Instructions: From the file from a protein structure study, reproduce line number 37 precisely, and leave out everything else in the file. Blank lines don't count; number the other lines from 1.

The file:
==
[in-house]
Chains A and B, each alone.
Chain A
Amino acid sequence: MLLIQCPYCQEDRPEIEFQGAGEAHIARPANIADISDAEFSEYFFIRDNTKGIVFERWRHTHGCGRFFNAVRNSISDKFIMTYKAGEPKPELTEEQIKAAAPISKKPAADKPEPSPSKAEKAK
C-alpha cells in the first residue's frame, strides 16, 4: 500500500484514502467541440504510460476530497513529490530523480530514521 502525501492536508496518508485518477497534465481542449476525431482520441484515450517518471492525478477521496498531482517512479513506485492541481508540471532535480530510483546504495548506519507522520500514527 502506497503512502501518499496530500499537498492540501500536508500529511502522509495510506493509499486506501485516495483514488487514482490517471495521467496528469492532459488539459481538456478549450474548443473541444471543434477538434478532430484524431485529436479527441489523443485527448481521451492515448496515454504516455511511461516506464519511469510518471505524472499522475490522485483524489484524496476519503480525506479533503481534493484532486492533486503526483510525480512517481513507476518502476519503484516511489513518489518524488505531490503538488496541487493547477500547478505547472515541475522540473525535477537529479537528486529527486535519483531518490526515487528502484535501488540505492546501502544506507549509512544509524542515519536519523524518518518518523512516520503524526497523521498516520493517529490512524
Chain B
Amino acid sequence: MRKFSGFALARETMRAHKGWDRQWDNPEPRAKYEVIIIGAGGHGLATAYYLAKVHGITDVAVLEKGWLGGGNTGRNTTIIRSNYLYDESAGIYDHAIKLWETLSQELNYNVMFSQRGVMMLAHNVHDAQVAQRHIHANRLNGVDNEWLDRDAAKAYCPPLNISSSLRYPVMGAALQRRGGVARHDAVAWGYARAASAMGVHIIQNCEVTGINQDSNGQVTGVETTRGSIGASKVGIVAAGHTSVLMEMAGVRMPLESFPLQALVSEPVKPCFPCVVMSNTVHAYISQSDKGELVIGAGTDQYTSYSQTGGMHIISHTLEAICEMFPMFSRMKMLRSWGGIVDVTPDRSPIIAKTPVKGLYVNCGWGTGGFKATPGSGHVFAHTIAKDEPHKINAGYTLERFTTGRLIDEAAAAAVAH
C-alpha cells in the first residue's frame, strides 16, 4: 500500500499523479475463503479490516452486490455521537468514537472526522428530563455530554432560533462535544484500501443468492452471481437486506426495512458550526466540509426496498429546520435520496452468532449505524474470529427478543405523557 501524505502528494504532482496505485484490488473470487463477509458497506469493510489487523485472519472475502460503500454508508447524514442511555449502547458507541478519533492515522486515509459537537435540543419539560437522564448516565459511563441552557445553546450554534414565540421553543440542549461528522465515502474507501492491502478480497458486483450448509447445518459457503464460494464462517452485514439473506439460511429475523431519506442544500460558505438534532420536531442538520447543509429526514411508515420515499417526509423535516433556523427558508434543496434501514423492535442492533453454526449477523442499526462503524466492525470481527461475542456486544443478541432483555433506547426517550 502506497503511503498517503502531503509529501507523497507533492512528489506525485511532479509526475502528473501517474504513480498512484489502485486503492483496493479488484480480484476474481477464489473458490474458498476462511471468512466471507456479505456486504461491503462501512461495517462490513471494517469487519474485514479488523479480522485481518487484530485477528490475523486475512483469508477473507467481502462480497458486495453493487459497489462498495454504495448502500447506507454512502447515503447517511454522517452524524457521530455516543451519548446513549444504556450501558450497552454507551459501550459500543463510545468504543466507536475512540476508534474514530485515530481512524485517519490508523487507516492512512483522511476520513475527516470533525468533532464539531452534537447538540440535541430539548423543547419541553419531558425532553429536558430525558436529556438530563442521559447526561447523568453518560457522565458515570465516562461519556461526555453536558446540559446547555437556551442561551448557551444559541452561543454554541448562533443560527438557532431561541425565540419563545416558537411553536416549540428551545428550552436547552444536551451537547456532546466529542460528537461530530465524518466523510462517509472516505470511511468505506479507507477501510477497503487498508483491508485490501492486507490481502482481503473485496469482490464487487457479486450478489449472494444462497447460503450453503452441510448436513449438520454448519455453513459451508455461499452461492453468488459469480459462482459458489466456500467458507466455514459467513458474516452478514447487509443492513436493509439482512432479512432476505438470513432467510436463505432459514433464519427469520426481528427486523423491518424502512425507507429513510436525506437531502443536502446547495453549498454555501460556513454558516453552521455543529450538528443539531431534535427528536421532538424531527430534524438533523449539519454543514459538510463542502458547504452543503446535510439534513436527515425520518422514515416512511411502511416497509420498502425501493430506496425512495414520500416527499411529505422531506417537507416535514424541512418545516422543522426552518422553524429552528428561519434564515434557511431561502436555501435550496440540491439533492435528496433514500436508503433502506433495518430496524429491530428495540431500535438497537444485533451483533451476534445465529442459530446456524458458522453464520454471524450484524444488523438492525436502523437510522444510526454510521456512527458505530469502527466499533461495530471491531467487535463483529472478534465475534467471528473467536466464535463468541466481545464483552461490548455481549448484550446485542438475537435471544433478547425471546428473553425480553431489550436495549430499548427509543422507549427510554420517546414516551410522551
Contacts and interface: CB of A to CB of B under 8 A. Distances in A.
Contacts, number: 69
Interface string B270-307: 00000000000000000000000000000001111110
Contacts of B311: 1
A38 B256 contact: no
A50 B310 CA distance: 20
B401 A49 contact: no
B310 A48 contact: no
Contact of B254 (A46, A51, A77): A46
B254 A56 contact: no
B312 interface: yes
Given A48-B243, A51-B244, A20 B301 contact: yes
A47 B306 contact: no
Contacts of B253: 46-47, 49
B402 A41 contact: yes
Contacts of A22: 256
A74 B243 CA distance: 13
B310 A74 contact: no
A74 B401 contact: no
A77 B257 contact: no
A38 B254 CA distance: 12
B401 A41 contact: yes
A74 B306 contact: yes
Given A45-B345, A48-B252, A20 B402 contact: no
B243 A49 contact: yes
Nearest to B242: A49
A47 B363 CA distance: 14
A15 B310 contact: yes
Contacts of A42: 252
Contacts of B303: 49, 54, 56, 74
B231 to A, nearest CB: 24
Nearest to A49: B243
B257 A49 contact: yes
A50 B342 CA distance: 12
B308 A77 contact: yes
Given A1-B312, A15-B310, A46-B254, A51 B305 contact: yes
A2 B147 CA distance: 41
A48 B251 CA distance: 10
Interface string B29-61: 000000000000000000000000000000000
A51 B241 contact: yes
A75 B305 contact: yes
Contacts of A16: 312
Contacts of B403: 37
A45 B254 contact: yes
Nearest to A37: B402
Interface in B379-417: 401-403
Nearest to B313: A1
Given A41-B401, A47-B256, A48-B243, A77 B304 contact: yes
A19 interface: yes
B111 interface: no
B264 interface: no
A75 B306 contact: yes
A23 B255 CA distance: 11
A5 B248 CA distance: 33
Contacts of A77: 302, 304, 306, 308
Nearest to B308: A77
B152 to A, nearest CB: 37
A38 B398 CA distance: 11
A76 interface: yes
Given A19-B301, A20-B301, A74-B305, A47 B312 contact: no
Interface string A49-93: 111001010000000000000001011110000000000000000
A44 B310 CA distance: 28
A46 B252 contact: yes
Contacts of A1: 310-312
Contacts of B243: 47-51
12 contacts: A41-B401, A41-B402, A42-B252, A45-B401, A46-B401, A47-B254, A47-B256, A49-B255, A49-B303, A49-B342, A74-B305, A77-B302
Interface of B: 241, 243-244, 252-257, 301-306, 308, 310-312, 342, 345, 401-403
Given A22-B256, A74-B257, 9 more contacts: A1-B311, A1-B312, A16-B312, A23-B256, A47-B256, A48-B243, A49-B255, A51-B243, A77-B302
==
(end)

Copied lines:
Contacts of A42: 252